By Bart Gaens and Olli Ruohomäki (Finish Institute of International Affairs)
The briefing paper written by the Finish Institute of International Affairs on the Association of Southeast Asian Nations (ASEAN) is a comprehensive piece on the achievements, challenges, and future opportunities of the organization. In particular, the paper explains the relationship between the European Union (EU) and ASEAN as one that has not fully blossomed yet. In that light, the paper aims at describing ASEAN attributes as an organization and what its growth possibilities are in relationship to the EU.
ASEAN was founded on 8 August 1967 by pro-American allies and with an anti-communist agenda at the time. Considered one of the fastest growing economies in the world, ASEAN has also demonstrated increasing importance in the political arena and world power relations. However, the authors recognize that as an intergovernmental alliance, ASEAN continues to be a weak organization institutionally. That is because of the great diversity within the members and a number of internal challenges, including economic nationalism and protectionism and a lack of human rights protections. Furthermore, the authors argue that “ASEAN adheres to a decision-making process on consensus, and an emphasis on non-interference”, which does not make them a completely cohesive and powerful player.
A big portion of the briefing paper is dedicated to explaining the beginning of EU and ASEAN relations, how it has evolved, and what current opportunities exist between the two regions. The EU’s influence and involvement with ASEAN dates to the drafting of the ASEAN Charter in 2006. In addition, the EU has been the largest donor to the ASEAN secretariat, opening room for more cooperation and a potential partnership. The major area of concern by the EU is the lack of alignment with ASEAN’s commitment to abide to laws and human rights protections, which has slowed trade deals from moving forward. However, being large trading partners, it is in the interest of both regions to continue to cooperate to find a middle ground where both will win. This is especially important given the apparent declining engagement of the US with the region and withdrawal from the Trans Pacific Partnership.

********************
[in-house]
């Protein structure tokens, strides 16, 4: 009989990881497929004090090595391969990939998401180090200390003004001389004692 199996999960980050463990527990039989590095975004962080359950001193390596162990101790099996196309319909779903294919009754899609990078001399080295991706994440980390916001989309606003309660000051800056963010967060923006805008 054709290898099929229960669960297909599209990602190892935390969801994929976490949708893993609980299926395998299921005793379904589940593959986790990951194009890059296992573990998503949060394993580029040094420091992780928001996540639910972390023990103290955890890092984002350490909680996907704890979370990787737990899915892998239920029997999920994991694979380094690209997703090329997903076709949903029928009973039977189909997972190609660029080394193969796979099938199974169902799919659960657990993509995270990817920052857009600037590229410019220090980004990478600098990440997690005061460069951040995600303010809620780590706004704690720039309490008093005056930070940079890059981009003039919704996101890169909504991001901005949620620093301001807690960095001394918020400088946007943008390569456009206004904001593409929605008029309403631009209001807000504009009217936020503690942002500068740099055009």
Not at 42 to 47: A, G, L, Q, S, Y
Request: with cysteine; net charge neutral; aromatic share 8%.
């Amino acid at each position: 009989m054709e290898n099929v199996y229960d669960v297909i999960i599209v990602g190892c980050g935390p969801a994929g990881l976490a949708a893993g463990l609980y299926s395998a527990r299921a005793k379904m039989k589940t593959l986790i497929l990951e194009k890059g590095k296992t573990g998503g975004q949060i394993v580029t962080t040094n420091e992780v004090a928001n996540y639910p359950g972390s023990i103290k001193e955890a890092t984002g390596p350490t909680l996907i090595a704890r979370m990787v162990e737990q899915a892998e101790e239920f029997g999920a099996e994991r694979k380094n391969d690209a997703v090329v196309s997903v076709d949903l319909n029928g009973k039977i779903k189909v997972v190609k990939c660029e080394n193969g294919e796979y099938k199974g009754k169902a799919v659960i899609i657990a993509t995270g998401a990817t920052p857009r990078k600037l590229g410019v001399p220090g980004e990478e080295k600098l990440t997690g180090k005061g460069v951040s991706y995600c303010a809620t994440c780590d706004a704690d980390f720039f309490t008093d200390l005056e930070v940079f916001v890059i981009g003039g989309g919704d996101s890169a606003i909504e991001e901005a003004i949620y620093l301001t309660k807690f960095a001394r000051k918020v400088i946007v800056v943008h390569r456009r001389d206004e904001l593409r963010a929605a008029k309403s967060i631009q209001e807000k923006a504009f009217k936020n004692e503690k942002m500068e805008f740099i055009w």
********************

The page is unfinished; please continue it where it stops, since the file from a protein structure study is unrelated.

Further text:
The paper concludes by highlighting ASEAN’s past achievements and emphasizes the opportunity for the EU and ASEAN to become even more integrated. Primarily, trade is the most promising prospect between the regions. Then, the authors cite connectivity between the regions and EU’s increased participation in Asian security as other sources of engagement. However, work is still needed for ASEAN to demonstrate its willingness to become a stronger more reliable organization.
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